Sella turcica: an anatomical, endocrinological, and historical perspective
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The sphenoid bone has a superior depression called the sella turcica, Latin for “Turkish saddle,” where the pituitary gland is found. The availability of modern radiological imaging techniques has replaced plain radiography of the sella turcica in the investigation of hypothalamo–pituitary abnormalities. However, the size of the sella turcica, and smaller sella turcica size in particular, may cause pituitary dysfunction because of the changes in the structure of pituitary gland or may be associated with some genetic or acquired endocrine disorders. The name “sella turcica” is one of the most commonly used terms in everyday endocrine practice.
In this review, after a brief explanation of the anatomical and endocrinological features of the sella turcica had been given, a historical perspective of sella turcica nomenclature was presented for the first time.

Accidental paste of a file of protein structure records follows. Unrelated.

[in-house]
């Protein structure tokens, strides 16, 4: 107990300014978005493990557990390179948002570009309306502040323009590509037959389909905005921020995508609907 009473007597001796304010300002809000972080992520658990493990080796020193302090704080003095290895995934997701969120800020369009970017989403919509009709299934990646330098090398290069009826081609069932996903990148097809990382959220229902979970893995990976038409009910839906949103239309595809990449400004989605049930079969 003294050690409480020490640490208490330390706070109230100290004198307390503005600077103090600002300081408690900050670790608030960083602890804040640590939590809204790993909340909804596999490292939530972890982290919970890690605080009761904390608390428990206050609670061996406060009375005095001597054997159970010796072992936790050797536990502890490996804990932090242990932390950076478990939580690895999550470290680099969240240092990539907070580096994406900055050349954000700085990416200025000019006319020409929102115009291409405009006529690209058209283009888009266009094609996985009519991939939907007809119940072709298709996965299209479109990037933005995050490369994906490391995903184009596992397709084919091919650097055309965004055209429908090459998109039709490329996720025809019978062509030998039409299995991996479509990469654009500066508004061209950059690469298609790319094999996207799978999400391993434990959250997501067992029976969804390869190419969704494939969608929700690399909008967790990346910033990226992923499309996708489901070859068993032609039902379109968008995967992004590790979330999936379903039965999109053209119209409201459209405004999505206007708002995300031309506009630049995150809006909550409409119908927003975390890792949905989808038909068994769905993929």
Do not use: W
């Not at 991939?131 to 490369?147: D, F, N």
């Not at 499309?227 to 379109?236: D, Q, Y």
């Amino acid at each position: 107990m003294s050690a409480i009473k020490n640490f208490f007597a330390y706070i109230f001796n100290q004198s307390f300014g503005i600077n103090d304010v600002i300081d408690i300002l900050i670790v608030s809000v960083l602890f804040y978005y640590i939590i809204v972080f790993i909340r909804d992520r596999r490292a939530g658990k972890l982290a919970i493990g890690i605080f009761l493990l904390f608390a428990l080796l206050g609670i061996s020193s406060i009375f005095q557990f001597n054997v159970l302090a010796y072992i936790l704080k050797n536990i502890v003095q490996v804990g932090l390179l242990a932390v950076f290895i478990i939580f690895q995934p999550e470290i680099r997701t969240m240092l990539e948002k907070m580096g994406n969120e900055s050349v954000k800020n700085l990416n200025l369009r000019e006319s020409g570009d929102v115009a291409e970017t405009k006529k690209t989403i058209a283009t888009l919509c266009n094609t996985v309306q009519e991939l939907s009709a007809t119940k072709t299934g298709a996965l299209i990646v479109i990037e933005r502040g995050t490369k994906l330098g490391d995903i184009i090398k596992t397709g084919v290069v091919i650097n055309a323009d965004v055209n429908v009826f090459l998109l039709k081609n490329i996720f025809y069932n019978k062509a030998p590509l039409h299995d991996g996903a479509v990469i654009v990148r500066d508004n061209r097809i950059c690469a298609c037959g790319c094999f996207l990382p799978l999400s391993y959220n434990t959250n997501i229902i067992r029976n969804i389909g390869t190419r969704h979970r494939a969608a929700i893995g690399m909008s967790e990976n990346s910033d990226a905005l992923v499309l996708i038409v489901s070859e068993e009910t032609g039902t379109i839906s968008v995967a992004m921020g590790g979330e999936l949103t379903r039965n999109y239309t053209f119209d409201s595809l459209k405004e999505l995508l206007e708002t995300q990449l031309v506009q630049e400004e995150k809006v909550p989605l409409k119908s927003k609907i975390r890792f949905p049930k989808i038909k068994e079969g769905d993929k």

Findings and conclusions
After Andreas Vesalius’s description of it as a suitable cavity for the gland that receives the “phlegm of the brain” in De Humani Corporis Fabrica (1543), medical scholars began to use seat/saddle-related terms such as the ephippium, pars sellaris, sella equina, sella ossis, and sella sphenoidalis. The real designation of the sella turcica, however, was introduced to the anatomical nomenclature by the anatomist Adrianus Spigelius (1578–1625) in his famous work De Corpora Humanis Fabrica (1627).
KeywordsPituitary diseases Sella size Sella turcica Turkish saddle
Conflict of interest
The authors have nothing to disclose.
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